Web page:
ADS, signed “Go: Washington,” one page, 7.25 x 2.5, May 10, 1768. Document reads, in full: “Then Received from Mr. Josh Valentine the Currt. Sum of Fifteen pounds to be allowed for at next settlement.” Signed at the conclusion by Washington. Affixed to a 7.25 x 3.5 light blue sheet and in very good condition, with a central vertical fold, a uniform shade of somewhat irregular toning, and a few scattered spots and areas of fading affecting a few words of text and touching the top of signature.
Accompanied by a January 10, 1873, autograph letter from Mary Custis Lee, which reads, in part, “I did not reply to your letter because the few autographs I had of Genl. Washington were carefully put away…I can only send you one which has been much injured in consequence of the necessity of bringing them all during the war—I could not spare another to anyone…You will see the paper sent is a receipt. Valentine I think was the manager of Mrs. Washington’s estates.”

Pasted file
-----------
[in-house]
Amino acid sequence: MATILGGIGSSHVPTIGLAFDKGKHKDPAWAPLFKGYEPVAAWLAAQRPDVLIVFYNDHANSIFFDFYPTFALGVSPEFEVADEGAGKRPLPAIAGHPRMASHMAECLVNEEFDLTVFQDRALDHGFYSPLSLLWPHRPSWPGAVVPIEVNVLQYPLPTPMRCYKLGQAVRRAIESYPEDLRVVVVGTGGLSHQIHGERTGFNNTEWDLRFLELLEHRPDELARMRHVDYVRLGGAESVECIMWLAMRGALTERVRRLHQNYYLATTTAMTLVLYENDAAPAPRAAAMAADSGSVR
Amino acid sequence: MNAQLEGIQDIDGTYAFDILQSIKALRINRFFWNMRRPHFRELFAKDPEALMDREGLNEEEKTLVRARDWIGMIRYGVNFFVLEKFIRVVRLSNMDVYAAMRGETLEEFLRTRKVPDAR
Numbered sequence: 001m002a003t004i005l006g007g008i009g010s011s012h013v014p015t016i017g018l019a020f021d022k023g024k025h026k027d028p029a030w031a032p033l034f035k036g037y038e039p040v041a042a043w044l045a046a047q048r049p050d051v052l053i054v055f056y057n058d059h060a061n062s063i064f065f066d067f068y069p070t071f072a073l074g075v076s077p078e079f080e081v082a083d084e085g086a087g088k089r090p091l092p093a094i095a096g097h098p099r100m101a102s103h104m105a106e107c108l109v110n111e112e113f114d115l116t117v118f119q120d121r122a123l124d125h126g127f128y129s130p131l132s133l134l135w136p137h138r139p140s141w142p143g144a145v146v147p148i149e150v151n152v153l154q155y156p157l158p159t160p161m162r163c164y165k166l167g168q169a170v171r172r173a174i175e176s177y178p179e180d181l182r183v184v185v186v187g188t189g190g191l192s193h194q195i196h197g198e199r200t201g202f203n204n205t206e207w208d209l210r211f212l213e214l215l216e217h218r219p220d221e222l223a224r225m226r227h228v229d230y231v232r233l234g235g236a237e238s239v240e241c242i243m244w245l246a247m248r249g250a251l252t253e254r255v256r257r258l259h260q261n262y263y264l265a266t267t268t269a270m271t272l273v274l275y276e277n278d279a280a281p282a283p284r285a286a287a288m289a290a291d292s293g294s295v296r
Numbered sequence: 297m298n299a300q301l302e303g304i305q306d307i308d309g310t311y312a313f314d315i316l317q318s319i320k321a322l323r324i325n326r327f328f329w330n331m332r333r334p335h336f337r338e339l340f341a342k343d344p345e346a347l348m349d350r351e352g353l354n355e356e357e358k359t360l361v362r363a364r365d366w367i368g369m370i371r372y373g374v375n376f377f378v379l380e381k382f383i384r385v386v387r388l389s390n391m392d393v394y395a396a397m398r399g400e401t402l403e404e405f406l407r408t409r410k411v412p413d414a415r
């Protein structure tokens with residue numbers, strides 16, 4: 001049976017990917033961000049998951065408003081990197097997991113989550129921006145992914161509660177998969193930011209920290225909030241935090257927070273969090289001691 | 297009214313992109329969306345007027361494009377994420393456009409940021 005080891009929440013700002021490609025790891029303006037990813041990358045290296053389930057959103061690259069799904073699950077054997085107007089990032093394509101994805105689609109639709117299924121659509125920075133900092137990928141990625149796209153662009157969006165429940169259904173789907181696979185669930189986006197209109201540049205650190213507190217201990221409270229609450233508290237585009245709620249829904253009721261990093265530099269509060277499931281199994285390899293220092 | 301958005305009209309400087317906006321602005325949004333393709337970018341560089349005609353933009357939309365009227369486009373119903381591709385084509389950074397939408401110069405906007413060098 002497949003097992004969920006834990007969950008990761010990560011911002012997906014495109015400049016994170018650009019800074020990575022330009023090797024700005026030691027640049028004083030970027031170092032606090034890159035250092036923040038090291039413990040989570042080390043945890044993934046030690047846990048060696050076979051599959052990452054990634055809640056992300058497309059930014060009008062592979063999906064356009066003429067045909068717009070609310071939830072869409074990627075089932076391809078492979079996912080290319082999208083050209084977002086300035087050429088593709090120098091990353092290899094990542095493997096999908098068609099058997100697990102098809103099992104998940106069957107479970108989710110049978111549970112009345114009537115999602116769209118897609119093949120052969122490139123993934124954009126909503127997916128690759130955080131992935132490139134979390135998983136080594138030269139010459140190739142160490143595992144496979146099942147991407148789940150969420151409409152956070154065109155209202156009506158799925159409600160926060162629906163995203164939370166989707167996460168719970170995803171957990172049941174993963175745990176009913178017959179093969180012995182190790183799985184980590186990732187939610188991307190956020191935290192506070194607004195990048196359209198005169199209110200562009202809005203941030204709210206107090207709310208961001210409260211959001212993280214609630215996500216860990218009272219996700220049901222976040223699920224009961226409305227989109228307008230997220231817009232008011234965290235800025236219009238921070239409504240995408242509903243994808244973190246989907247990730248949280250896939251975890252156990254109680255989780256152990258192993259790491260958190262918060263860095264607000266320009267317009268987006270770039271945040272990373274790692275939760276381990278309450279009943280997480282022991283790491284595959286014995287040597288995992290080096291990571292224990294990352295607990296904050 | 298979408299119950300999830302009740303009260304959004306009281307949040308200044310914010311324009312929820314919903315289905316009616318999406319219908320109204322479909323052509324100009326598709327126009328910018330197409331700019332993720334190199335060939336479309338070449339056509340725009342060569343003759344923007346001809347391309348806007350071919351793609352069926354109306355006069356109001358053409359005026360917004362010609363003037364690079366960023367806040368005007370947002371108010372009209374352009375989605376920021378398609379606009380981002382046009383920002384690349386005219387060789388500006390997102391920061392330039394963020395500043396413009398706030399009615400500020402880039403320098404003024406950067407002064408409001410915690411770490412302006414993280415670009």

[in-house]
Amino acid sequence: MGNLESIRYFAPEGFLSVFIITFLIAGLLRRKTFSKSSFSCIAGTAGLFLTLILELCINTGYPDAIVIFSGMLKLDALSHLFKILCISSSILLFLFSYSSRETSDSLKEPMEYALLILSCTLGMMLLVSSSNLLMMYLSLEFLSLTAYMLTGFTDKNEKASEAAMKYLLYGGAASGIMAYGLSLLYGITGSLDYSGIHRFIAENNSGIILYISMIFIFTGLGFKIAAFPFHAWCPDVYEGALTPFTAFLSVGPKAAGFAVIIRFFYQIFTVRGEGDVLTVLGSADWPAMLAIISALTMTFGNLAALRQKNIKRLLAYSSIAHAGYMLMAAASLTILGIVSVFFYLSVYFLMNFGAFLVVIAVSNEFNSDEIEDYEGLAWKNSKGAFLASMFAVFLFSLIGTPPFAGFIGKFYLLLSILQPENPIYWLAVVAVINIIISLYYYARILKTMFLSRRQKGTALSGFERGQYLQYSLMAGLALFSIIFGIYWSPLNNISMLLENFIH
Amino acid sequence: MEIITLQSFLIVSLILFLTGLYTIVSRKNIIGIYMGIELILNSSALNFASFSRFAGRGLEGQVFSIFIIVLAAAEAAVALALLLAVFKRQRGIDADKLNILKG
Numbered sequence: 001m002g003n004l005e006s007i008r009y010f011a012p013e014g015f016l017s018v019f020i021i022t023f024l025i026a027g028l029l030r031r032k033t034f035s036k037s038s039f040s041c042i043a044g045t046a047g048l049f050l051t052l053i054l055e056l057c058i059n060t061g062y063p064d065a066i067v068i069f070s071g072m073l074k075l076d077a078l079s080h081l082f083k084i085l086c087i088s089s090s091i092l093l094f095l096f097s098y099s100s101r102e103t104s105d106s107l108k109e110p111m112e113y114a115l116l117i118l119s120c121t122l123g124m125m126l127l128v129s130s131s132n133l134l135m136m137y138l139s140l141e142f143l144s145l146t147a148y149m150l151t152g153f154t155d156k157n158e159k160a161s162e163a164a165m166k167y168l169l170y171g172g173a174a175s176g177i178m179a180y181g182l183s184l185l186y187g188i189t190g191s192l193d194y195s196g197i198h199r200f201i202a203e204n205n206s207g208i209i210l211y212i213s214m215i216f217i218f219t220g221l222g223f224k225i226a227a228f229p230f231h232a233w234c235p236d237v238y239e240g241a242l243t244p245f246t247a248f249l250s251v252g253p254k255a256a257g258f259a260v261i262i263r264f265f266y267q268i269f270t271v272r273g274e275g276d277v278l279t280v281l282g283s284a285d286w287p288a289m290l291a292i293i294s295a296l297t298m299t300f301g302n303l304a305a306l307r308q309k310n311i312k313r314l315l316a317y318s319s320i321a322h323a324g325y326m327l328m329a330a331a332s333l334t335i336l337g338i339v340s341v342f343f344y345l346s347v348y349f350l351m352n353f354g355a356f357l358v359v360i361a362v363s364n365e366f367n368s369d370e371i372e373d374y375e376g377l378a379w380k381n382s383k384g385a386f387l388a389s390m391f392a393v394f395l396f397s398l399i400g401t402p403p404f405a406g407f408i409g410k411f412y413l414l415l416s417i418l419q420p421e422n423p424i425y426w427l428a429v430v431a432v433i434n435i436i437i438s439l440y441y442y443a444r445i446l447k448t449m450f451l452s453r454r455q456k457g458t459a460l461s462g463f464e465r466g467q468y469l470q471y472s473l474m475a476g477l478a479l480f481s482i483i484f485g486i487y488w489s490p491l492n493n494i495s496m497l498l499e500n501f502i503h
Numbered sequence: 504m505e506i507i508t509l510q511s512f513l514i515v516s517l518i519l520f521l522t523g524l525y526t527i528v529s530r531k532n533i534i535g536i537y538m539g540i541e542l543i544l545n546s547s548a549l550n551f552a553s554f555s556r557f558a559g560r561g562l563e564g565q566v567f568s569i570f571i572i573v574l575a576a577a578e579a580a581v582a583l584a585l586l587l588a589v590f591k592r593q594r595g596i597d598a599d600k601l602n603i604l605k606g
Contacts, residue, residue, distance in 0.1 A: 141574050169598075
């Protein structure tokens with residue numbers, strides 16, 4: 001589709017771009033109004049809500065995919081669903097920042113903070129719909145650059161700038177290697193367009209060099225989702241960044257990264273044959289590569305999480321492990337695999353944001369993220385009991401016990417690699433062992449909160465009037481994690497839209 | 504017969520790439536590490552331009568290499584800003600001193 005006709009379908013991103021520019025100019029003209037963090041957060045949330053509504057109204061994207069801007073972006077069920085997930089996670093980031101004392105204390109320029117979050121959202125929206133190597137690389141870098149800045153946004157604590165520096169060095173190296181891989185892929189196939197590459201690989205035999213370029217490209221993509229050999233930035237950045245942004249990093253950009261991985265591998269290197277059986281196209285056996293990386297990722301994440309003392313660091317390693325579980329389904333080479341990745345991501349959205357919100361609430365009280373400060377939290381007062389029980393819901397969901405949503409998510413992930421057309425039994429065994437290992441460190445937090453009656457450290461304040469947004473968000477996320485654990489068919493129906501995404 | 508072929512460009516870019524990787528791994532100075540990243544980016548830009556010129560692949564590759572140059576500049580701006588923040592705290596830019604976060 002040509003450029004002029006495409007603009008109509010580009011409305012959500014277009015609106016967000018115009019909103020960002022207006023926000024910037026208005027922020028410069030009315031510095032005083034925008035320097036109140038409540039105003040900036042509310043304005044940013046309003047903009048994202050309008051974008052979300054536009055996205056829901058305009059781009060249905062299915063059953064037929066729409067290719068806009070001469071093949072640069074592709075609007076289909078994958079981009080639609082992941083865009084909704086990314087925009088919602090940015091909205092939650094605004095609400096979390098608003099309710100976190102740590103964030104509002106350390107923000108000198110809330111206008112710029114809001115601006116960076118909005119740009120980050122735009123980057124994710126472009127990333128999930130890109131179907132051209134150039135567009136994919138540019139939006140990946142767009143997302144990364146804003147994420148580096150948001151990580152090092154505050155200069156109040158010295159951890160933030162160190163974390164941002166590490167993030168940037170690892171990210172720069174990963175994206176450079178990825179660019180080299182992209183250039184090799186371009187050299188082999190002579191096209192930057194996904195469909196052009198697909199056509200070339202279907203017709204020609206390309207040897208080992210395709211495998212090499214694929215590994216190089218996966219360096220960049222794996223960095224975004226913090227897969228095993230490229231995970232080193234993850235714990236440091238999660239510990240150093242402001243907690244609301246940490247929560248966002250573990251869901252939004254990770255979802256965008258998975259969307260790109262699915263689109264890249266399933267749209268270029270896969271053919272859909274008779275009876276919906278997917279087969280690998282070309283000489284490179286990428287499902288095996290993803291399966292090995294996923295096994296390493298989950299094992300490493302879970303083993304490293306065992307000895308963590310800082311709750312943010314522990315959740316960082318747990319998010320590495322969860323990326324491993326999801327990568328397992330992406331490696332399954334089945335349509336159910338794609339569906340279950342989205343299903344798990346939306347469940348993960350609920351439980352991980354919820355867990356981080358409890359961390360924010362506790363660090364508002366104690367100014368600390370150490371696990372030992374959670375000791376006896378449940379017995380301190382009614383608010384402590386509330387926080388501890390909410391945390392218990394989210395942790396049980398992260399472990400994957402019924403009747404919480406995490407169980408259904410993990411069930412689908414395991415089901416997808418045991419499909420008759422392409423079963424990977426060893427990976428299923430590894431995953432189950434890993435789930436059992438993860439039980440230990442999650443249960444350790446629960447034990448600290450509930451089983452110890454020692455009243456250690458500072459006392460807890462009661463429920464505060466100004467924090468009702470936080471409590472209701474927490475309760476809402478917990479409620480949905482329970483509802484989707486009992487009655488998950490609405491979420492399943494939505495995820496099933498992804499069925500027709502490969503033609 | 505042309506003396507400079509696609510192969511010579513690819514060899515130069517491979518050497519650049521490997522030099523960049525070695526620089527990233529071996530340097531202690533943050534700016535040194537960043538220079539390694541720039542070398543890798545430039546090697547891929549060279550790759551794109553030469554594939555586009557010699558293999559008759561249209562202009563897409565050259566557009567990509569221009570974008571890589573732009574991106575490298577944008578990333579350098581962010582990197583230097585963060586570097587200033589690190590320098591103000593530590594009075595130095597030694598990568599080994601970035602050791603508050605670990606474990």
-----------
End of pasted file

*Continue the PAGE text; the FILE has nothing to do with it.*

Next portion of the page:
The daughter of George Washington’s adopted son, George Washington Parke Custis, and wife of Confederate General Robert E. Lee, Mary Custis Lee fully understood the importance of her family ties. As the Civil War got underway and she received warning that the Union Army was planning to seize Arlington—the 1,100-acre estate built by her father, where she had grown up, married, raised her seven children, and buried her parents—she prepared to leave her beloved home. Packing the family silver, George Washington and G.W.P. Custis’s papers, and General Lee’s files, she left in May of 1861, never to return again. Apologizing for the condition of the autograph, “much injured in consequence of…bringing them all during the war,” this is a remarkable receipt signed by America’s first president, carried by his granddaughter through the nation’s bloodiest war, in which her husband was a key figure. Pre-certified PSA/DNA.
Terms and abbreviations used in our descriptions.